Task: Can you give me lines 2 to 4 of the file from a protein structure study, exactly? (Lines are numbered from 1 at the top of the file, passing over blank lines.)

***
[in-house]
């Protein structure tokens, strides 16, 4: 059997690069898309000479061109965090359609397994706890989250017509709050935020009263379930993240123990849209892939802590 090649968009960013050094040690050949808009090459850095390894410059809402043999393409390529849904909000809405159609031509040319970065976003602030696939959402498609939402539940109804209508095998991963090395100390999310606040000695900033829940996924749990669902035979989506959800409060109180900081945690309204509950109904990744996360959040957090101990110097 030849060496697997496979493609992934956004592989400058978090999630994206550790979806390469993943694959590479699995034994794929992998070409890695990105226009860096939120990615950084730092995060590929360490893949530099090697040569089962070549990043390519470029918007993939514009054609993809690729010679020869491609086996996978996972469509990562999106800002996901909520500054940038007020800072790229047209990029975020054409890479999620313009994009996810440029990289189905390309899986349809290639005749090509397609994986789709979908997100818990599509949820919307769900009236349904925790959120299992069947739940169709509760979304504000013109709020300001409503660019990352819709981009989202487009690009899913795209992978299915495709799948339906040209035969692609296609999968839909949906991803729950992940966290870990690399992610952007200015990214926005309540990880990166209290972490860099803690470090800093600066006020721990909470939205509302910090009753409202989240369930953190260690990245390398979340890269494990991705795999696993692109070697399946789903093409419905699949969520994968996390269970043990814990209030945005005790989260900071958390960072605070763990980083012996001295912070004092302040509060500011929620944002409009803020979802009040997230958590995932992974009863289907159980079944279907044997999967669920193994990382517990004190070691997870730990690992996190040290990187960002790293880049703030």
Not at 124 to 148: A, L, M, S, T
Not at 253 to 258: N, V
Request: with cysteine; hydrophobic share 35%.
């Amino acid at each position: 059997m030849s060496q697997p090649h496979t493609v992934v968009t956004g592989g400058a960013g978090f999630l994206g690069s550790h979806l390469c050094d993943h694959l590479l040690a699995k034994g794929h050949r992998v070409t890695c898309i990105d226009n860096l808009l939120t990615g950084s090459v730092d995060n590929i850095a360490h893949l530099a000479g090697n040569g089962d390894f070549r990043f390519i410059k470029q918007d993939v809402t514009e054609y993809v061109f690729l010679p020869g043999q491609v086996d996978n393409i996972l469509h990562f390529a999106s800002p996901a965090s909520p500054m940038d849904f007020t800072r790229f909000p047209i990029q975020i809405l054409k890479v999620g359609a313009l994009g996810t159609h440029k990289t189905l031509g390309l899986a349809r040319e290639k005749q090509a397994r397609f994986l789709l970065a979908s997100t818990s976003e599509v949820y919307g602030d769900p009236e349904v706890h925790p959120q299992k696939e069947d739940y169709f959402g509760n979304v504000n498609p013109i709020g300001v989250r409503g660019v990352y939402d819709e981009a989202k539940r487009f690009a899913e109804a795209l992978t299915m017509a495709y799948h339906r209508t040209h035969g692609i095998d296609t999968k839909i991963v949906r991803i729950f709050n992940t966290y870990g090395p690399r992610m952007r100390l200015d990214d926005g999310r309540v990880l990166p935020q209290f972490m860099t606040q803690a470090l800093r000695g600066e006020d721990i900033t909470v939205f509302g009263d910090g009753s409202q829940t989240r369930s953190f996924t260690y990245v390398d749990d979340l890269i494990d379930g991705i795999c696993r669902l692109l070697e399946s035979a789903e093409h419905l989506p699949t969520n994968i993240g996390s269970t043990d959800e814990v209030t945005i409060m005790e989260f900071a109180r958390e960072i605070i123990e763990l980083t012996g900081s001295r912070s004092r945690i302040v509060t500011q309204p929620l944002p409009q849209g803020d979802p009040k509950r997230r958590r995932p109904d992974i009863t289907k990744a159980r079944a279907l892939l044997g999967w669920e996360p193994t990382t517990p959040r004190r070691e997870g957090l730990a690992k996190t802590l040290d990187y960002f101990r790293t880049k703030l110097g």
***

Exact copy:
């Protein structure tokens, strides 16, 4: 059997690069898309000479061109965090359609397994706890989250017509709050935020009263379930993240123990849209892939802590 090649968009960013050094040690050949808009090459850095390894410059809402043999393409390529849904909000809405159609031509040319970065976003602030696939959402498609939402539940109804209508095998991963090395100390999310606040000695900033829940996924749990669902035979989506959800409060109180900081945690309204509950109904990744996360959040957090101990110097 030849060496697997496979493609992934956004592989400058978090999630994206550790979806390469993943694959590479699995034994794929992998070409890695990105226009860096939120990615950084730092995060590929360490893949530099090697040569089962070549990043390519470029918007993939514009054609993809690729010679020869491609086996996978996972469509990562999106800002996901909520500054940038007020800072790229047209990029975020054409890479999620313009994009996810440029990289189905390309899986349809290639005749090509397609994986789709979908997100818990599509949820919307769900009236349904925790959120299992069947739940169709509760979304504000013109709020300001409503660019990352819709981009989202487009690009899913795209992978299915495709799948339906040209035969692609296609999968839909949906991803729950992940966290870990690399992610952007200015990214926005309540990880990166209290972490860099803690470090800093600066006020721990909470939205509302910090009753409202989240369930953190260690990245390398979340890269494990991705795999696993692109070697399946789903093409419905699949969520994968996390269970043990814990209030945005005790989260900071958390960072605070763990980083012996001295912070004092302040509060500011929620944002409009803020979802009040997230958590995932992974009863289907159980079944279907044997999967669920193994990382517990004190070691997870730990690992996190040290990187960002790293880049703030």
Not at 124 to 148: A, L, M, S, T
Not at 253 to 258: N, V